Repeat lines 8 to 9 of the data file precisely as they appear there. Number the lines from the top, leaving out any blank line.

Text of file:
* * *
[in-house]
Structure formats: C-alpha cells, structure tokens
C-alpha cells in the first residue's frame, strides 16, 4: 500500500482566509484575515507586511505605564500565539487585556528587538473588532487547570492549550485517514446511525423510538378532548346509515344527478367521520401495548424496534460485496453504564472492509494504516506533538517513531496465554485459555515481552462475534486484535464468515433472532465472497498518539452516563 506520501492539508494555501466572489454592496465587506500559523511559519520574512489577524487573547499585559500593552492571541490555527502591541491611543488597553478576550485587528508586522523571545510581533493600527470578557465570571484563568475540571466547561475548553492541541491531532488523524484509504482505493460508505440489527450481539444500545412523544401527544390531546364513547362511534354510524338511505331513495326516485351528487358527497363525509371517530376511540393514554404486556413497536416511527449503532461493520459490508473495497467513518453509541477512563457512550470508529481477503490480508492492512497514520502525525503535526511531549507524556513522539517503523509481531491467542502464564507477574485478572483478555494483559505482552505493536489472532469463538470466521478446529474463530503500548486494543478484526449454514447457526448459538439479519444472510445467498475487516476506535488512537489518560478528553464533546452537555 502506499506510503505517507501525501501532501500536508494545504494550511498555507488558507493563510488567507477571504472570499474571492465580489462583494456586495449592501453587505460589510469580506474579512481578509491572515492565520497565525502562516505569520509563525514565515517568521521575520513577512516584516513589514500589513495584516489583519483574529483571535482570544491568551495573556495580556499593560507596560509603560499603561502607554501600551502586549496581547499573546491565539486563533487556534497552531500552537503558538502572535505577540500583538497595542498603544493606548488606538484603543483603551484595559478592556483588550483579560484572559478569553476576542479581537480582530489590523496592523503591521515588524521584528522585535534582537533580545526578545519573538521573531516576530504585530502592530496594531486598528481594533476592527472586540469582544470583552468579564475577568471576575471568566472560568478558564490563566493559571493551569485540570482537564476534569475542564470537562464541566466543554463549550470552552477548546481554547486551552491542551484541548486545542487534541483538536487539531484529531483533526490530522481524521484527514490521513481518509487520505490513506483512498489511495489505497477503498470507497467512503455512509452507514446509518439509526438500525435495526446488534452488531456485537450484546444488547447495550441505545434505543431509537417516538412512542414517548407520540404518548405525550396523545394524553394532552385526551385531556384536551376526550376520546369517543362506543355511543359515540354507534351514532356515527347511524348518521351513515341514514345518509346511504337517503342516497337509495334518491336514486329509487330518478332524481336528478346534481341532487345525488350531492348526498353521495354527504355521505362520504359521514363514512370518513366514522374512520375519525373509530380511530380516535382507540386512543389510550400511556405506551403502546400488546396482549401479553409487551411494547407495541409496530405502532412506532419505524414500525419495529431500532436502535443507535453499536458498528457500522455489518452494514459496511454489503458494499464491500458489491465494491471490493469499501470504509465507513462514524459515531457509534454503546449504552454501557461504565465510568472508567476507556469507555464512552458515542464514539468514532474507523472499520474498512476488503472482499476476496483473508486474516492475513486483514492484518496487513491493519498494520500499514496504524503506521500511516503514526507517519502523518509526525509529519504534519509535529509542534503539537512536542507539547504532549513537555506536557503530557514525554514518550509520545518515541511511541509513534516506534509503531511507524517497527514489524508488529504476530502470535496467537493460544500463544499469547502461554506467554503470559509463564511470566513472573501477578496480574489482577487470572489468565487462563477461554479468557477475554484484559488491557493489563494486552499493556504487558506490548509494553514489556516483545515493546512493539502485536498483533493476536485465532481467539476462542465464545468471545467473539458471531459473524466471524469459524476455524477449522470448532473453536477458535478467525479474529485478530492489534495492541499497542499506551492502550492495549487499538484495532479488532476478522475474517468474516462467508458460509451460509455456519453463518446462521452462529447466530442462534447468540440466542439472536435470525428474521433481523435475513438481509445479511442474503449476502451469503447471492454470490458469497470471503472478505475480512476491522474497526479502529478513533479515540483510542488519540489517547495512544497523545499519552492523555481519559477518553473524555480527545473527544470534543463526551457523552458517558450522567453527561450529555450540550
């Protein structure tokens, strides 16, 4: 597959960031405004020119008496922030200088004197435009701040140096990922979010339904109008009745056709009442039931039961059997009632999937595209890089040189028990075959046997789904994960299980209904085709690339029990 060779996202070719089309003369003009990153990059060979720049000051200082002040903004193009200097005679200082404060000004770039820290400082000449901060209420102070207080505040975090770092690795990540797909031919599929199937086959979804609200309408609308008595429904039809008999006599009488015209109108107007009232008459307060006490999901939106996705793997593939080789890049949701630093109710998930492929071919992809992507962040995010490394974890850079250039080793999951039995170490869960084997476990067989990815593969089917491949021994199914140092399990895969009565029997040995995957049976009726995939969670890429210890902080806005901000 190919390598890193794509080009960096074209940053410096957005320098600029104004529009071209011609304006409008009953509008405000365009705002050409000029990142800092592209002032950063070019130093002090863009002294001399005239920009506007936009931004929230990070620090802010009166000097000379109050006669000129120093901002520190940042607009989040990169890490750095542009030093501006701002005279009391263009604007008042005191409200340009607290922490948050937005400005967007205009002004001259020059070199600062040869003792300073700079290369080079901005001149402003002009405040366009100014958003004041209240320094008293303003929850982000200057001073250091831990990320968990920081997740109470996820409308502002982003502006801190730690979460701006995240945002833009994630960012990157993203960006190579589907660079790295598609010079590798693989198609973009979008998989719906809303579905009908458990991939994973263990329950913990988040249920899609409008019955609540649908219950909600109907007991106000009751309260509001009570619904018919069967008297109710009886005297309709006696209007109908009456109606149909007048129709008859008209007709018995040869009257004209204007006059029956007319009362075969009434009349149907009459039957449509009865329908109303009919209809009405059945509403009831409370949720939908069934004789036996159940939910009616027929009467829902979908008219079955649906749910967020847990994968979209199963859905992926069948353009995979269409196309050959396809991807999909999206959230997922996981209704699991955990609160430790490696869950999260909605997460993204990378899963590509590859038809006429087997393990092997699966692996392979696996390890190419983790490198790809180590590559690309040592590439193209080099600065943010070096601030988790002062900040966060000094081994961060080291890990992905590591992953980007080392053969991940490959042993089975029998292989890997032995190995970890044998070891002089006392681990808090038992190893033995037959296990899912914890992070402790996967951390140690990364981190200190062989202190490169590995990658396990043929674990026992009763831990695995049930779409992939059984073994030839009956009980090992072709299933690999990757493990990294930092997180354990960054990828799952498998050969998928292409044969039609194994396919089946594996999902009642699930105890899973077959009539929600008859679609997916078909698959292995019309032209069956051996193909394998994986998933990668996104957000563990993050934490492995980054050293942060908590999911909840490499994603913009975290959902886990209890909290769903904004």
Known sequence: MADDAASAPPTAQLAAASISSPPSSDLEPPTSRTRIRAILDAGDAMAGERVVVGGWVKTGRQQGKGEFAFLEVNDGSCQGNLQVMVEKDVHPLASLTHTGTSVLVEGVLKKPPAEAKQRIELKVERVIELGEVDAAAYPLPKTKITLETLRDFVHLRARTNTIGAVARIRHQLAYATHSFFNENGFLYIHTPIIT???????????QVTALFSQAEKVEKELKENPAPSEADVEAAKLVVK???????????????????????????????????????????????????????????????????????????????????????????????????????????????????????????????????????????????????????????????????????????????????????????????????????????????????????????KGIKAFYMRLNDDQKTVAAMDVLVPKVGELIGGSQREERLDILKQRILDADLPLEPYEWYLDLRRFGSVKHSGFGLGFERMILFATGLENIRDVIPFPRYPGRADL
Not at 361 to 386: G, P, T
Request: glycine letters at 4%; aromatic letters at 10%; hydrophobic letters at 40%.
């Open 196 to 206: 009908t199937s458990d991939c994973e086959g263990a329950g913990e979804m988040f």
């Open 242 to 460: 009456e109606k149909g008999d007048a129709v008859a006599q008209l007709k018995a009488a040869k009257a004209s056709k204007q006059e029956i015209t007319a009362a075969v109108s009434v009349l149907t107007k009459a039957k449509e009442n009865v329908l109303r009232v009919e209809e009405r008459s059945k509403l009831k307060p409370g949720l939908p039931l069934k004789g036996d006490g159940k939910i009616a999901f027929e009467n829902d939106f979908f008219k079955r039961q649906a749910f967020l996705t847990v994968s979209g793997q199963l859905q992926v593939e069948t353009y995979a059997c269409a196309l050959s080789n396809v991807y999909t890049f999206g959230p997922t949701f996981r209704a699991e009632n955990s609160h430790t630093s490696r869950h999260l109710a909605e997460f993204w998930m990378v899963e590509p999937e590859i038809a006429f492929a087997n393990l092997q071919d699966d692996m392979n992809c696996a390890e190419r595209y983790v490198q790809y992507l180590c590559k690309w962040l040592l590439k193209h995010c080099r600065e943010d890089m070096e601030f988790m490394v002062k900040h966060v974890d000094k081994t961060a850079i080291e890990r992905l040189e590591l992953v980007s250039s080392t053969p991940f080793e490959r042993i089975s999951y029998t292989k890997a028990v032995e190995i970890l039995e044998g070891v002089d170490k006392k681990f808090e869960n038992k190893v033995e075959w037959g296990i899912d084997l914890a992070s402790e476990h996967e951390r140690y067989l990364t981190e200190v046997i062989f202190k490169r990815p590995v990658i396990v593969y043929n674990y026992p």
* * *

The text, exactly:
């Open 196 to 206: 009908t199937s458990d991939c994973e086959g263990a329950g913990e979804m988040f």
């Open 242 to 460: 009456e109606k149909g008999d007048a129709v008859a006599q008209l007709k018995a009488a040869k009257a004209s056709k204007q006059e029956i015209t007319a009362a075969v109108s009434v009349l149907t107007k009459a039957k449509e009442n009865v329908l109303r009232v009919e209809e009405r008459s059945k509403l009831k307060p409370g949720l939908p039931l069934k004789g036996d006490g159940k939910i009616a999901f027929e009467n829902d939106f979908f008219k079955r039961q649906a749910f967020l996705t847990v994968s979209g793997q199963l859905q992926v593939e069948t353009y995979a059997c269409a196309l050959s080789n396809v991807y999909t890049f999206g959230p997922t949701f996981r209704a699991e009632n955990s609160h430790t630093s490696r869950h999260l109710a909605e997460f993204w998930m990378v899963e590509p999937e590859i038809a006429f492929a087997n393990l092997q071919d699966d692996m392979n992809c696996a390890e190419r595209y983790v490198q790809y992507l180590c590559k690309w962040l040592l590439k193209h995010c080099r600065e943010d890089m070096e601030f988790m490394v002062k900040h966060v974890d000094k081994t961060a850079i080291e890990r992905l040189e590591l992953v980007s250039s080392t053969p991940f080793e490959r042993i089975s999951y029998t292989k890997a028990v032995e190995i970890l039995e044998g070891v002089d170490k006392k681990f808090e869960n038992k190893v033995e075959w037959g296990i899912d084997l914890a992070s402790e476990h996967e951390r140690y067989l990364t981190e200190v046997i062989f202190k490169r990815p590995v990658i396990v593969y043929n674990y026992p």